# Sampling Theory

**Universe of Population:**

In any statistical investigation often called statistical survey, observations are made on a group of objects or individuals called elementary units as they are without any interference. The aggregate of individuals under study in any statistical survey is called a population.** According to A.C. Rosander: **A Population is the totality of objects under consideration.

**Types of Population:**

There are two bases to classify populations:

**1**. Population Based on number of objects

- Finite
- Infinite

**2**. Population Based on existence of objects

- Real
- Hypothetical

**Finite or Infinite Population:**

A population is said to be finite if the number of individuals is fixed, i.e., finite. A population is said to be infinite if it is composed of infinitely large number of individuals. For example: Students of your university constitute a finite population, leaves of a tree constitute an infinite population (here infinite means very large).

**Real or Hypothetical Population:**

A population is said to be real, true or existent if it contains concrete and existing objects. For example, the workers in a factory, etc. A population is said to be hypothetical or artificial if it is imaginary or it is constructed hypothetically on a paper by the statistician in his laboratory. This is done to illustrate certain statistical principles. For example: The possible outcomes of heads and tails in tossing a coin.

**Sample:**

A part of the population selected to know some thing about the population is called a Sample. The number of individuals selected in a sample is called its size.** According to G. W. Snedecore and W.G. Cochran: **A sample consists of a small collection from a larger aggregates about which we seek information. The statistical procedure of drawing a sample from the population is called sampling. the statistical procedure which are used for drawing inferences or conclusions about the population from the sample data are covered under inferential statistics or statistical inference. Thus sampling theory is the basis of statistical inference in which we wish to obtain maximum information about the population with minimum effort and maximum precession. The main object of the study of sample or sampling is to get maximum information about the population under consideration at reduced cost, time and energy. According to weather burn, The theory of sampling is concerned first, with estimating the parameters of the population from those of the sample and secondly with gauzing the precision of the estimates.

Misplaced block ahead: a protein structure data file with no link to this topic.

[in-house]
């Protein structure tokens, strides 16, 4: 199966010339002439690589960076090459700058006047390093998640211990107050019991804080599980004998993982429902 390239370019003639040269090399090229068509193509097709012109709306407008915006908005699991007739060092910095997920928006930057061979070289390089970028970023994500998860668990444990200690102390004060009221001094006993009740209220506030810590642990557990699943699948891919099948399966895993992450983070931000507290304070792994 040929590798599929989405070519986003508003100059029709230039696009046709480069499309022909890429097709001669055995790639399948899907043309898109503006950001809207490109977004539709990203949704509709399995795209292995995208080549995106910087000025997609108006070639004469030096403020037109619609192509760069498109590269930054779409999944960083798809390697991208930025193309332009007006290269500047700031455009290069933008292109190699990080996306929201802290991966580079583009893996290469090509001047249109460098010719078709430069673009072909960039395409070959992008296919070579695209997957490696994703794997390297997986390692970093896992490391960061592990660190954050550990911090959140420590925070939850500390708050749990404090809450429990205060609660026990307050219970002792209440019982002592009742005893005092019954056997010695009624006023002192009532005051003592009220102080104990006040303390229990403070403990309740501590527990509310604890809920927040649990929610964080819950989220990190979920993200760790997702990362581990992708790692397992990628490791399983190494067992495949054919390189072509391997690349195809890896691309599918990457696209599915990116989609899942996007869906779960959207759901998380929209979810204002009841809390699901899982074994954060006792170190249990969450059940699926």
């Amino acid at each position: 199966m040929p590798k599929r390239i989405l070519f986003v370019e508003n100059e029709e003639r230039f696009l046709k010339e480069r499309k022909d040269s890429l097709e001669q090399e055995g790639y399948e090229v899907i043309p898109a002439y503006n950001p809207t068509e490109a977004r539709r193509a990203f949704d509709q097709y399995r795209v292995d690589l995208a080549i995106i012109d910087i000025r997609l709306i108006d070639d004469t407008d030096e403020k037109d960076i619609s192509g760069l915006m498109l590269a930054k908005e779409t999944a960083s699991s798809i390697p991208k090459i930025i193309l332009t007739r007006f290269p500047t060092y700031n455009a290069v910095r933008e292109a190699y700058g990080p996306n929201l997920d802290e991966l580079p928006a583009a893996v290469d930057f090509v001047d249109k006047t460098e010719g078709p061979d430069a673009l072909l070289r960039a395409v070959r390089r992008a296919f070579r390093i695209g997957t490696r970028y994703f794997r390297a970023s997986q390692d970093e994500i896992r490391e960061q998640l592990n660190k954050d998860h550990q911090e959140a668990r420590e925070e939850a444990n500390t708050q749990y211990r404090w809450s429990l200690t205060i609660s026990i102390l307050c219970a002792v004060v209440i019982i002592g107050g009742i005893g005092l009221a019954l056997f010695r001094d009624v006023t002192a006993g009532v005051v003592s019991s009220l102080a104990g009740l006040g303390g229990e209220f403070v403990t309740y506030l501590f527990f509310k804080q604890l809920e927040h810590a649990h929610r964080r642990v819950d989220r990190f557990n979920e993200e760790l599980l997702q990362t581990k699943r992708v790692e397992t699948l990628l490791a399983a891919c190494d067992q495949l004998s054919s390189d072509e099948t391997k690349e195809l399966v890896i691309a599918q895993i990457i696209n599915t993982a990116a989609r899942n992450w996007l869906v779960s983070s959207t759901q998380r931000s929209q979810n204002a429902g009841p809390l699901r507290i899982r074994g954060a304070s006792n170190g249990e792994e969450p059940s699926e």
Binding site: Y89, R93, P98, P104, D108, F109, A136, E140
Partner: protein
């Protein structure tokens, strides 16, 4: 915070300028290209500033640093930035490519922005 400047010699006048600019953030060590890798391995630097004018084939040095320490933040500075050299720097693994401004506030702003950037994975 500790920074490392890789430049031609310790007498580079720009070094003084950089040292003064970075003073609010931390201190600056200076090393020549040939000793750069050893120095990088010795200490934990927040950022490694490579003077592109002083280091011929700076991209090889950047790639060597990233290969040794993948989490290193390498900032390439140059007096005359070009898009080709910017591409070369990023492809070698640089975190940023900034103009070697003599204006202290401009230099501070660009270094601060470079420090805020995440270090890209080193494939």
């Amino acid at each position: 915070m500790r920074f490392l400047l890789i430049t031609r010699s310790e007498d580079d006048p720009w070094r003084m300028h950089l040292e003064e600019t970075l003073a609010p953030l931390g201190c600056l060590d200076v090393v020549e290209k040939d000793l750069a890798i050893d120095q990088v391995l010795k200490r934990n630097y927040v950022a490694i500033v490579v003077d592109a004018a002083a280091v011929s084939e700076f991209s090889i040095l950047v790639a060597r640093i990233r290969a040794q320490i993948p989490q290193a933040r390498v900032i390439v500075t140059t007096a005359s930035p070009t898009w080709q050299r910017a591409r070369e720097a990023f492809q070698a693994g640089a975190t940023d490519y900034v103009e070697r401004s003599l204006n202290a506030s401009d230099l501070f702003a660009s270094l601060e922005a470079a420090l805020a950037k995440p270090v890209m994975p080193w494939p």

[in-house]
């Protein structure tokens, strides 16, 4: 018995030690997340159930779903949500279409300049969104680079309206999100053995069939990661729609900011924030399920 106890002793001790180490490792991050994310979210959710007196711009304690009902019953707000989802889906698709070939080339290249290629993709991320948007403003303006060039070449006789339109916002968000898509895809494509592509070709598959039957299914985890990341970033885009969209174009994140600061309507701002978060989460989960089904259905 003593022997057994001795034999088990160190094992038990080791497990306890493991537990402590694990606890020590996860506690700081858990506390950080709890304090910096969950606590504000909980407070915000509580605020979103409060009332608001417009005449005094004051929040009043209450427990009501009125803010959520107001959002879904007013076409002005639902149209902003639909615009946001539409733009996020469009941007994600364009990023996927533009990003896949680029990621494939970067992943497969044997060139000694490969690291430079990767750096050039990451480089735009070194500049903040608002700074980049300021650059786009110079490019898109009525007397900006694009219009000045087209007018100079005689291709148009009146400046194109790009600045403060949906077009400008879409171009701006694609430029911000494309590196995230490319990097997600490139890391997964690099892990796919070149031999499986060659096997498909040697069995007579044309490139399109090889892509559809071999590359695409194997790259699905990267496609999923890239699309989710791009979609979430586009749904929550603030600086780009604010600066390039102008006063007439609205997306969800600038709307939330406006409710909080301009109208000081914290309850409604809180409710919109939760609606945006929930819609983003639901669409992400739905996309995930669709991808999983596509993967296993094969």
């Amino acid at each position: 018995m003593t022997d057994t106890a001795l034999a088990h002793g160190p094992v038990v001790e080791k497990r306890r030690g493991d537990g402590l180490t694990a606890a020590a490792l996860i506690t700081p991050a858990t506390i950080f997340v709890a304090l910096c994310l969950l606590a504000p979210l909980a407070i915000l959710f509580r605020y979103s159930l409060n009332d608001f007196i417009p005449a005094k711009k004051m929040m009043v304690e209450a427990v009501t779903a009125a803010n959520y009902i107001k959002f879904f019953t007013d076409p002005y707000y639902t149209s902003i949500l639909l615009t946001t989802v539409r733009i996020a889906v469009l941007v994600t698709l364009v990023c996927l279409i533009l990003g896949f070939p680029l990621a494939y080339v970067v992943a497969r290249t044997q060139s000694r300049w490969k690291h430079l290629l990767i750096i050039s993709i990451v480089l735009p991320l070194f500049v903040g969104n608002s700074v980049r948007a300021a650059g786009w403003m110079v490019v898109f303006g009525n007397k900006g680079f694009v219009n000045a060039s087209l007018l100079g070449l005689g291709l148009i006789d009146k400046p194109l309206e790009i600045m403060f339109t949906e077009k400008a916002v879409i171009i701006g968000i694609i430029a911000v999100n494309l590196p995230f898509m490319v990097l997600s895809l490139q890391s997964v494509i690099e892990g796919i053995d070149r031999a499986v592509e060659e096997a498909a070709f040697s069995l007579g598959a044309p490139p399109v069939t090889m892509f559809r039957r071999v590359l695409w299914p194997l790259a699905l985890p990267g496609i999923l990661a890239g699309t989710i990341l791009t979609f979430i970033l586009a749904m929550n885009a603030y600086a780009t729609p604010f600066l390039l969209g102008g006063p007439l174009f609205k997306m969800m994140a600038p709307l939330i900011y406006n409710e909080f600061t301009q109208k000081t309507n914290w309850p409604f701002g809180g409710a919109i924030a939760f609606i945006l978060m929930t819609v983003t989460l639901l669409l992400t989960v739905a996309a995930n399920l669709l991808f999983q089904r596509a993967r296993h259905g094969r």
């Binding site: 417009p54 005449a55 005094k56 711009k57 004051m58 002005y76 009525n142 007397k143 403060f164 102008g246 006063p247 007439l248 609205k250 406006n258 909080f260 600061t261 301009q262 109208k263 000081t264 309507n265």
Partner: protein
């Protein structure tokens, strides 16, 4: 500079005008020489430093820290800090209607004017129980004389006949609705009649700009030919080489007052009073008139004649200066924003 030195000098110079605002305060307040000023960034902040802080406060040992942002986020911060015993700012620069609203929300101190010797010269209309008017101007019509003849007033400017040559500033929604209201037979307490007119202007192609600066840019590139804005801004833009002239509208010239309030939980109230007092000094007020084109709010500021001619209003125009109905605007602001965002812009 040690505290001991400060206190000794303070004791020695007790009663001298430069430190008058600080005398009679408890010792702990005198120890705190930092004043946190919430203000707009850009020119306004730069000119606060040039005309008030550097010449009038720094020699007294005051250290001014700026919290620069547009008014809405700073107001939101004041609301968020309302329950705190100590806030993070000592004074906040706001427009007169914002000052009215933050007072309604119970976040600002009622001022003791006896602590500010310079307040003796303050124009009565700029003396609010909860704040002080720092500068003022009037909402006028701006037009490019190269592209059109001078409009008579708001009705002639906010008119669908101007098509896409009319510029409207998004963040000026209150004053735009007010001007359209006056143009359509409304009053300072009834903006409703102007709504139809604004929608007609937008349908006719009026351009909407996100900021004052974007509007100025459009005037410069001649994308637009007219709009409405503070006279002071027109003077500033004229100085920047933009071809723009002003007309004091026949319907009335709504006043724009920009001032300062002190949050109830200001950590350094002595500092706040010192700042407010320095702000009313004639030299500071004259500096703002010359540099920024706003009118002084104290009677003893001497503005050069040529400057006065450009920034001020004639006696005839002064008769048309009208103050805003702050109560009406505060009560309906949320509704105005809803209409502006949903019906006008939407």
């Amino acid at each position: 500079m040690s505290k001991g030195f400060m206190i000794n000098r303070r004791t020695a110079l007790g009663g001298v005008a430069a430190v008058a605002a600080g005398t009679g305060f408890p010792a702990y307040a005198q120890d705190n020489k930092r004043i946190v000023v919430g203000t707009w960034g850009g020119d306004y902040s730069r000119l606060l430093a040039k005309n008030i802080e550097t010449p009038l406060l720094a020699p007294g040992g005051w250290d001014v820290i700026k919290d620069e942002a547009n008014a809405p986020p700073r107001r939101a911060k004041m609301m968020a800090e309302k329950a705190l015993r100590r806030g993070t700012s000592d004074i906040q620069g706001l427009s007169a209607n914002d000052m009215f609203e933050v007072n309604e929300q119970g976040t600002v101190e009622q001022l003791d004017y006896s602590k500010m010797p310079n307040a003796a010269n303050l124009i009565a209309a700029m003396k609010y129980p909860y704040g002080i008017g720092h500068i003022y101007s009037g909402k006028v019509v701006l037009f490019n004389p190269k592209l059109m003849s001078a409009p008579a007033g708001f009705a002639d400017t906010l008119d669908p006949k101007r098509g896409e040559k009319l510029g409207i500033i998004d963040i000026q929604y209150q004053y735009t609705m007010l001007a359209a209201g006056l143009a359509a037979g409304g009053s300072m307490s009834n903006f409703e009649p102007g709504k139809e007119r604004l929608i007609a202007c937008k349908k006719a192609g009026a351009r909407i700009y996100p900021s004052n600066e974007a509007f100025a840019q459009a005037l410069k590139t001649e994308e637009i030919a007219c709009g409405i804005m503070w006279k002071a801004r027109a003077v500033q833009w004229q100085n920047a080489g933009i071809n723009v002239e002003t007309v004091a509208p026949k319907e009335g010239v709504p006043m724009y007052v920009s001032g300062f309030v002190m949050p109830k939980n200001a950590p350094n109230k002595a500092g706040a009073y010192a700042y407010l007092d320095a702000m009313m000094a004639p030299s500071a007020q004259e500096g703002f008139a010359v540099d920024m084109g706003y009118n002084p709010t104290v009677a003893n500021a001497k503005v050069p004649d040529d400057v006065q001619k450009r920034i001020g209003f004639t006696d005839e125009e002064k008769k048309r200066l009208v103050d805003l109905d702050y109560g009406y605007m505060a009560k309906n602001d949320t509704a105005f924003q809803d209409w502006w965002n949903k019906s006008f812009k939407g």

**Principles of Sampling:**

The following are two important principles which determine the possibility of arriving at a valid statistical inference about the features of a population or process:

- Principle of statistical regularity
- Principle of inertia of large numbers

**Principle of statistical Regularity:
**

This principle is based on the mathematical theory of probability. According to Professor King The low of statistical regularity lays down that a moderately large number of items chosen at random from a large group are almost sure on the average to process the characteristic of the large group. This Principle on emphasizes on two factors:

- Sample size should be Large
- Samples must be Drawn randomly

**Principle of Inertia of Large Numbers:
**

This principle is a corollary of the principle of statistical regularity and plays a significant role in the sampling theory. This principle states that under similar conditions as the sample size get large enough the statistical inference is likely to be more accurate and stable. For example, if a coin is tossed a large number of times then relative frequency of occurrence of head and tail is expected to be equal.

**Large Sample and Small Sample:**

On the study of statistical research methods it is clear the sample size affects the reliability of sample information. The general assumption is that large sample is more reliable. So far test of significance purpose, we divide sample into two groups.

**1**. Large Samples

**2**. Small Samples

The basic assumptions in large sample and small sample are different that is why we use different methods of tests of significance. There is no definite line between large sample and small sample, but when sample size n is 30 or more (n ≤ 30), it is a large sample and when n < 30 it is a small sample.